If you're feeling generous toward a corporation, take into account the Internal Revenue Service's view of your gift, whether it's in the form of money or property. There's an important tax distinction between for-profit and nonprofit corporations, and gifts in large amounts may incur a gift tax. Before writing the check, or making the transfer, get familiar with the rules on gift taxes and the all-important exclusion amount.
For-Profit and Nonprofit Corporations
Companies and organizations come in many types, but the vital difference, across all state laws and registration requirements, is for-profit and nonprofit. A for-profit company generally is subject to federal and state taxes on the income it receives from clients and customers. A nonprofit is tax exempt, as long as it holds to certain IRS guidelines. From the standpoint of gift taxes -- which are levied on you as the giver -- there's no major difference between the two.
Lifetime Gifts, Estates and Estate Taxes
The IRS wants to know about any gifts of more than $14,000 to any one recipient. If you plan to give a large gift, you need to file Form 709, the Gift Tax Return, and let the agency know exactly how much you gave and to whom. This is true for gifts to for-profit as well as not-for-profit organizations, with three important exceptions: gifts to political organizations, gifts that pay an educational institution for tuition and gifts that pay providers directly for medical expenses. Over your lifetime, and as of the time of publication, $5.43 million in gifts, combined with the value of your estate, is sheltered from estate and gift tax.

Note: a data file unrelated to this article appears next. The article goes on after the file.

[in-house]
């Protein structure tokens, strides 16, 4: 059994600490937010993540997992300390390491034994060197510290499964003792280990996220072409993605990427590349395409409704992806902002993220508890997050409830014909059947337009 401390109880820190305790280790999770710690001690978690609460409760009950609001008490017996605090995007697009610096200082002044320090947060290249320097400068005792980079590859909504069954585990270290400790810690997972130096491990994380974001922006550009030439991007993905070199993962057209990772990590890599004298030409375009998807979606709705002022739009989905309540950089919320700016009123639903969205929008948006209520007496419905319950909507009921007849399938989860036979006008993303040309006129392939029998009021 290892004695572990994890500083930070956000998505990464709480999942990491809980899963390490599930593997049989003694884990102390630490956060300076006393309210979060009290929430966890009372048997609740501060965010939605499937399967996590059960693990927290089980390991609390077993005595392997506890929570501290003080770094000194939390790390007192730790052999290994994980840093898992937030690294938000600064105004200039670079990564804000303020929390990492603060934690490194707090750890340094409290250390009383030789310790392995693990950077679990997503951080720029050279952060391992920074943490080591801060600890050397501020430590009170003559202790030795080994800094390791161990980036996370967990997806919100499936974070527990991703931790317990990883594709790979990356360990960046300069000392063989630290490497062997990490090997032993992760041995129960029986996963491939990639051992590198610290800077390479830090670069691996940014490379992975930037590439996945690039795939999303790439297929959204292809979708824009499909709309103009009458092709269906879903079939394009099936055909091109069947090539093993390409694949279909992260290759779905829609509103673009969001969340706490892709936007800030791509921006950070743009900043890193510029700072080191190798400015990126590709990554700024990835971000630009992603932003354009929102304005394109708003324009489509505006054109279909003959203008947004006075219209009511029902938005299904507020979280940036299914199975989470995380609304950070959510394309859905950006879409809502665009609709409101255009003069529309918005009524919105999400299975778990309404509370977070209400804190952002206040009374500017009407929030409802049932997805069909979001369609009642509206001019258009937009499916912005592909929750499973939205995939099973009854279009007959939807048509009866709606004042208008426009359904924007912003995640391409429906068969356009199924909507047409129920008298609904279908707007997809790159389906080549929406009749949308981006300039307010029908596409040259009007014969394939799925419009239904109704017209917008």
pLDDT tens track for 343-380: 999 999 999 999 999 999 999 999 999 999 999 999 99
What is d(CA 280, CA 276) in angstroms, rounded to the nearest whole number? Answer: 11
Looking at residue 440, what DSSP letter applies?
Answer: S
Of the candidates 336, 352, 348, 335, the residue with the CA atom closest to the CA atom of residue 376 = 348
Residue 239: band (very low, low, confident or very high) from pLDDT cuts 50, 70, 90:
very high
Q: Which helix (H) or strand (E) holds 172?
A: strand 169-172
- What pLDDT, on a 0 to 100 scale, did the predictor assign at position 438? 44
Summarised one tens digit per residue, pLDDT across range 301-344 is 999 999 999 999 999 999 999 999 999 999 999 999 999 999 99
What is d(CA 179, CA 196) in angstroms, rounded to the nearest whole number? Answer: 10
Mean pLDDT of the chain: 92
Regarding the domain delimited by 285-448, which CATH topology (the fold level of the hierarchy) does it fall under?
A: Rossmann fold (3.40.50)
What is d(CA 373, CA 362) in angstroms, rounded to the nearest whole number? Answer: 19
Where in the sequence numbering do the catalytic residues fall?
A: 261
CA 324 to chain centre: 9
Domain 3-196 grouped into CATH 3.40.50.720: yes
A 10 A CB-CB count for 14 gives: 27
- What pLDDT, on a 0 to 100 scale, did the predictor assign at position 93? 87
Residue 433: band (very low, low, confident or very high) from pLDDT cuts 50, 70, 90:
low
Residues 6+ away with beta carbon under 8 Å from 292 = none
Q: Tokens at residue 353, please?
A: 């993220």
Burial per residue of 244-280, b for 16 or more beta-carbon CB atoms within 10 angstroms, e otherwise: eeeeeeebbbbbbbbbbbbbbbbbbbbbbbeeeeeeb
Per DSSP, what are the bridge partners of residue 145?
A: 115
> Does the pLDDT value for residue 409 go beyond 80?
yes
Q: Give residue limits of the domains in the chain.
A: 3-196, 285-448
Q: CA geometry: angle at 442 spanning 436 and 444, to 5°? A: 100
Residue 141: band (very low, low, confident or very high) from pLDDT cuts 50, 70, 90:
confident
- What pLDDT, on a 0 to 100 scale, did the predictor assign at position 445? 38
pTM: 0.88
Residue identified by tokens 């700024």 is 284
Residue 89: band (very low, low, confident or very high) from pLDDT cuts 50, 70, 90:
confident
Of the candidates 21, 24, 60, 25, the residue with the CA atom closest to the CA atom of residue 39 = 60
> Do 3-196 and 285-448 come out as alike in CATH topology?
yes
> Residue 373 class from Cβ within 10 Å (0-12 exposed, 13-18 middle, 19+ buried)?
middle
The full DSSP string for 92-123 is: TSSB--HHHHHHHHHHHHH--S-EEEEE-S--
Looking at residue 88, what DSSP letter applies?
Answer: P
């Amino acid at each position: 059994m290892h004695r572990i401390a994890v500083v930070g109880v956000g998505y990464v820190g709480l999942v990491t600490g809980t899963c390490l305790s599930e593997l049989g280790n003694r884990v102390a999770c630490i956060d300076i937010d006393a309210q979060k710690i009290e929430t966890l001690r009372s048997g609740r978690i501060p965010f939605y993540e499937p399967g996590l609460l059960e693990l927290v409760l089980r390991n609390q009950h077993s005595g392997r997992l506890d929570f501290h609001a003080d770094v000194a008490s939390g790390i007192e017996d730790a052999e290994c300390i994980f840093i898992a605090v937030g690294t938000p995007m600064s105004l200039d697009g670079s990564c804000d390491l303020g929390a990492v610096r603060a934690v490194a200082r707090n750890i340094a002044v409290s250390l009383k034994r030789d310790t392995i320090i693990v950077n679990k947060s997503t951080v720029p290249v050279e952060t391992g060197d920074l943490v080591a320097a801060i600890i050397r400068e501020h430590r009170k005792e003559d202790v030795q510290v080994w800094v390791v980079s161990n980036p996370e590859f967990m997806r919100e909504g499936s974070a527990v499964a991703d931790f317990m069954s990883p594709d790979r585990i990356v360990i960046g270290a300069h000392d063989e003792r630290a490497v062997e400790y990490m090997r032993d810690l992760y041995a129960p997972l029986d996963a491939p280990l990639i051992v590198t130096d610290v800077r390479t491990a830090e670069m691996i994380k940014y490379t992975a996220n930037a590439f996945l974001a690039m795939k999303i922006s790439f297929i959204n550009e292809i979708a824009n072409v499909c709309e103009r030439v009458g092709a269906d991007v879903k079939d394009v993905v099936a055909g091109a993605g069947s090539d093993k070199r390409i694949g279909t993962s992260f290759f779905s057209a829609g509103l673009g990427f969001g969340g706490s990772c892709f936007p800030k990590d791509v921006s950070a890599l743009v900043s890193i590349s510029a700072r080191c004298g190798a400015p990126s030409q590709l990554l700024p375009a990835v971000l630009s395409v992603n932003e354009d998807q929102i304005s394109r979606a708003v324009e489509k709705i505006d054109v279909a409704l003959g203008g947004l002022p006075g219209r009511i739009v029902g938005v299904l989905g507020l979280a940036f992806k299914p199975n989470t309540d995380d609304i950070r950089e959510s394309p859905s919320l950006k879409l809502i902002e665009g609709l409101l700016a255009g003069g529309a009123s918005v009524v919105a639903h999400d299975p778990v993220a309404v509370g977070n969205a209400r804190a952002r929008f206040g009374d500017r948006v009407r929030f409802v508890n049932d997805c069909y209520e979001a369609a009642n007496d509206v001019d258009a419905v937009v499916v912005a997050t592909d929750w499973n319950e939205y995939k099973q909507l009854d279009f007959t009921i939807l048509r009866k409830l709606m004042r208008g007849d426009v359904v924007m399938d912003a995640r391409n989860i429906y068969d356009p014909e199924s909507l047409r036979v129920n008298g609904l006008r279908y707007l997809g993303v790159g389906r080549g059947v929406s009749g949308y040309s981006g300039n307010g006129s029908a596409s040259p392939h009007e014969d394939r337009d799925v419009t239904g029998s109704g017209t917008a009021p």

Gifts of Property to Corporations
Not all gifts, in the view of the IRS, take the form of a check made out to the recipient. If you give a vehicle to a charitable organization, for example, the fair market value of that vehicle represents the cash value and counts toward the gift tax. This is true of any asset you either give outright or sell to the recipient at a below-market value. The IRS does not consider a gift to be the same as income to the recipient, and the recipient does not have to include the amount in its own taxable income, whether or not it's a for-profit corporation.
Gifts in the Proper Context
The phrase "ordinary course of business" applies to gifts given to a corporation. A gift, in the IRS' view, has to be something special. It's not an incredible price break on wholesale supplies, an extra service added at no charge to a work estimate or forgiven interest on a bank loan. The gift must be made outside of the normal course of business for the recipient; otherwise it's subject to the normal rules on income, sales taxes, federal excise taxes and so on. The gift tax exclusion and thresholds, in that case, don't apply.